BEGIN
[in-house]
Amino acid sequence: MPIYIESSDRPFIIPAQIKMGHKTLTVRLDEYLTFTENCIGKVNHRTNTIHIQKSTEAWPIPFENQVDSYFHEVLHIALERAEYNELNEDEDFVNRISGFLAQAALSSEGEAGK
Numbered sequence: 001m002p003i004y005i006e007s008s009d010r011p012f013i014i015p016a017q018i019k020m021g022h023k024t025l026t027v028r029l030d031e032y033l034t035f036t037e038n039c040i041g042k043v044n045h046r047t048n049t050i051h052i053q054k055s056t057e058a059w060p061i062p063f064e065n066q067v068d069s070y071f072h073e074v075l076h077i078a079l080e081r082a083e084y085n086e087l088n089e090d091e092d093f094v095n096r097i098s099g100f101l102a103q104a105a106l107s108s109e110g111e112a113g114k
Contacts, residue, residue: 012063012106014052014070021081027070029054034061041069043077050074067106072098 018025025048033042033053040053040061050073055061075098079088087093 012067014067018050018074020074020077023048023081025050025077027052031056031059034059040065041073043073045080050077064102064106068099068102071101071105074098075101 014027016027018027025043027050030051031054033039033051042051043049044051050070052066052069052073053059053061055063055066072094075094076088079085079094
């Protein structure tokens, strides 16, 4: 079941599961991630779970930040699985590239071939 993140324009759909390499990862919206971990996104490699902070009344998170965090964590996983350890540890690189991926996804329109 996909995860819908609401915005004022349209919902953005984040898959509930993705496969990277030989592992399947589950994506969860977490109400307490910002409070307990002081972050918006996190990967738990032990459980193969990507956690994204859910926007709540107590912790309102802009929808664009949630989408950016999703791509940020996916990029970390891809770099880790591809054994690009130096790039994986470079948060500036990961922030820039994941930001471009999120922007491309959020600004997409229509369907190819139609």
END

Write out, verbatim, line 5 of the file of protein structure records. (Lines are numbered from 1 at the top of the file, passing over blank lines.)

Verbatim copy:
């Protein structure tokens, strides 16, 4: 079941599961991630779970930040699985590239071939 993140324009759909390499990862919206971990996104490699902070009344998170965090964590996983350890540890690189991926996804329109 996909995860819908609401915005004022349209919902953005984040898959509930993705496969990277030989592992399947589950994506969860977490109400307490910002409070307990002081972050918006996190990967738990032990459980193969990507956690994204859910926007709540107590912790309102802009929808664009949630989408950016999703791509940020996916990029970390891809770099880790591809054994690009130096790039994986470079948060500036990961922030820039994941930001471009999120922007491309959020600004997409229509369907190819139609």